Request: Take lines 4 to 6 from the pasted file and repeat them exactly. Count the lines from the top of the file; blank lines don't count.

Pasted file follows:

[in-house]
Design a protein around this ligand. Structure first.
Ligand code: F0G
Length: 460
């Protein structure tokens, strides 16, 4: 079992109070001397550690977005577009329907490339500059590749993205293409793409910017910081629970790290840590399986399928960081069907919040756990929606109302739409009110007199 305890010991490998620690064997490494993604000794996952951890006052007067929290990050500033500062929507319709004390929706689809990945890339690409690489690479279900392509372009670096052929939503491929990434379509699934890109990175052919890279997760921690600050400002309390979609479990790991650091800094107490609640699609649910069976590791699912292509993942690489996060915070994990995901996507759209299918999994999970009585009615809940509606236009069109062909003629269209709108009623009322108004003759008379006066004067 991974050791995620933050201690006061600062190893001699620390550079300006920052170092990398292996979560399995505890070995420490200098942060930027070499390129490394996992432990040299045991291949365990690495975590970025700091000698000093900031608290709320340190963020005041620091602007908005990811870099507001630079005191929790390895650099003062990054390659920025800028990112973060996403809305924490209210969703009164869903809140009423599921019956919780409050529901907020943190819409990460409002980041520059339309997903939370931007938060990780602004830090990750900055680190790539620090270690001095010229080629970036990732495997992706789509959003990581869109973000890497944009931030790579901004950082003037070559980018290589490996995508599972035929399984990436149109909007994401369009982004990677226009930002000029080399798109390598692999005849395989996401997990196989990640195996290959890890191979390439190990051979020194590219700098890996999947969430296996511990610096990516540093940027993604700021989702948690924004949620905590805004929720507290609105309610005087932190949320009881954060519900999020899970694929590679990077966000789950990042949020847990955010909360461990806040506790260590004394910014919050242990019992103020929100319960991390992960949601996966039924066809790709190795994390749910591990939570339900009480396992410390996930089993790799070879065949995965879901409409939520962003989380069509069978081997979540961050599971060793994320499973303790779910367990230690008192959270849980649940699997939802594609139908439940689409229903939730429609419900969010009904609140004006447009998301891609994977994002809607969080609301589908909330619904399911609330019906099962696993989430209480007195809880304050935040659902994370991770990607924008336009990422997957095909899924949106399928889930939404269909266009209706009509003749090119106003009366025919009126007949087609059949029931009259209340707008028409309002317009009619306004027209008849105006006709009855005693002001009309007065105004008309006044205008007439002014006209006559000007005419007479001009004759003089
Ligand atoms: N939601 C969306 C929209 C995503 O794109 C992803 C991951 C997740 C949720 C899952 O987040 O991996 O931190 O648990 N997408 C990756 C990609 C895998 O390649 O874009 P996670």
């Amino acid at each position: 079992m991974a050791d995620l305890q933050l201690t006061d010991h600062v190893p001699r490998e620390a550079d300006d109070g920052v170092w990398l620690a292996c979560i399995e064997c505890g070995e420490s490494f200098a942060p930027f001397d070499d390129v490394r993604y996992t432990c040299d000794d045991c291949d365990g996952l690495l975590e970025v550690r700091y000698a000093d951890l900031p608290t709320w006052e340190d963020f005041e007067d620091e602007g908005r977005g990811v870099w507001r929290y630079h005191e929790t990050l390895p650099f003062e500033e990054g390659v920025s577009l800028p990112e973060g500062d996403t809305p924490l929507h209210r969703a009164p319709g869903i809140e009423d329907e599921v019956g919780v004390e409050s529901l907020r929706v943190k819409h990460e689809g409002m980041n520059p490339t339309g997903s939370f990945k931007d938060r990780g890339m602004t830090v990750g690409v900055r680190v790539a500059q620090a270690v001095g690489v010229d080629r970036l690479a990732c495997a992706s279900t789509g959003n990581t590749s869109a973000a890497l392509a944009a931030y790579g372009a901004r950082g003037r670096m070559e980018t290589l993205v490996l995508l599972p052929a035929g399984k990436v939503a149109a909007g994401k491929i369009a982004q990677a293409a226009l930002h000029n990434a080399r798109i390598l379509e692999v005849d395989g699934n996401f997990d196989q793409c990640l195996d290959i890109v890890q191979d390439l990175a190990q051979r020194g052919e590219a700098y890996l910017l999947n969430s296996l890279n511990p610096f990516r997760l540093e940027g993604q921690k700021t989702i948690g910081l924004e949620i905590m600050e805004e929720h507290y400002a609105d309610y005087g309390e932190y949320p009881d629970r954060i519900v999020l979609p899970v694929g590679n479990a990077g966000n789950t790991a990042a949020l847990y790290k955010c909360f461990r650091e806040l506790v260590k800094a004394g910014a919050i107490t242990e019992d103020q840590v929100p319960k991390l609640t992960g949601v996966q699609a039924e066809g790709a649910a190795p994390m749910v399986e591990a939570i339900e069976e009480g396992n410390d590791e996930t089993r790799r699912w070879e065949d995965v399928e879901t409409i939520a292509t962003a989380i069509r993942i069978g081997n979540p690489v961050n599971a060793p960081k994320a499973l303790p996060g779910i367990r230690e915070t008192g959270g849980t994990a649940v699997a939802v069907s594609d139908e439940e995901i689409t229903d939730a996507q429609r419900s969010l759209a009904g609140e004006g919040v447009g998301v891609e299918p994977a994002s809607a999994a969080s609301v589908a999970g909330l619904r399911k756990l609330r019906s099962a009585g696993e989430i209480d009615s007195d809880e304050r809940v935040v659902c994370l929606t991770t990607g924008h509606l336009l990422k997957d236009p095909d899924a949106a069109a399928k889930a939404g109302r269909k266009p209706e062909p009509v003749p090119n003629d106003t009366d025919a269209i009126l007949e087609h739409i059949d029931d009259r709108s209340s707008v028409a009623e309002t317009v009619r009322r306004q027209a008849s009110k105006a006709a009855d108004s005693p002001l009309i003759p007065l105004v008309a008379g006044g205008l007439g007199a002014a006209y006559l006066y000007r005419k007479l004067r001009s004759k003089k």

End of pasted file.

Length: 460
């Protein structure tokens, strides 16, 4: 079992109070001397550690977005577009329907490339500059590749993205293409793409910017910081629970790290840590399986399928960081069907919040756990929606109302739409009110007199 305890010991490998620690064997490494993604000794996952951890006052007067929290990050500033500062929507319709004390929706689809990945890339690409690489690479279900392509372009670096052929939503491929990434379509699934890109990175052919890279997760921690600050400002309390979609479990790991650091800094107490609640699609649910069976590791699912292509993942690489996060915070994990995901996507759209299918999994999970009585009615809940509606236009069109062909003629269209709108009623009322108004003759008379006066004067 991974050791995620933050201690006061600062190893001699620390550079300006920052170092990398292996979560399995505890070995420490200098942060930027070499390129490394996992432990040299045991291949365990690495975590970025700091000698000093900031608290709320340190963020005041620091602007908005990811870099507001630079005191929790390895650099003062990054390659920025800028990112973060996403809305924490209210969703009164869903809140009423599921019956919780409050529901907020943190819409990460409002980041520059339309997903939370931007938060990780602004830090990750900055680190790539620090270690001095010229080629970036990732495997992706789509959003990581869109973000890497944009931030790579901004950082003037070559980018290589490996995508599972035929399984990436149109909007994401369009982004990677226009930002000029080399798109390598692999005849395989996401997990196989990640195996290959890890191979390439190990051979020194590219700098890996999947969430296996511990610096990516540093940027993604700021989702948690924004949620905590805004929720507290609105309610005087932190949320009881954060519900999020899970694929590679990077966000789950990042949020847990955010909360461990806040506790260590004394910014919050242990019992103020929100319960991390992960949601996966039924066809790709190795994390749910591990939570339900009480396992410390996930089993790799070879065949995965879901409409939520962003989380069509069978081997979540961050599971060793994320499973303790779910367990230690008192959270849980649940699997939802594609139908439940689409229903939730429609419900969010009904609140004006447009998301891609994977994002809607969080609301589908909330619904399911609330019906099962696993989430209480007195809880304050935040659902994370991770990607924008336009990422997957095909899924949106399928889930939404269909266009209706009509003749090119106003009366025919009126007949087609059949029931009259209340707008028409309002317009009619306004027209008849105006006709009855005693002001009309007065105004008309006044205008007439002014006209006559000007005419007479001009004759003089
Ligand atoms: N939601 C969306 C929209 C995503 O794109 C992803 C991951 C997740 C949720 C899952 O987040 O991996 O931190 O648990 N997408 C990756 C990609 C895998 O390649 O874009 P996670």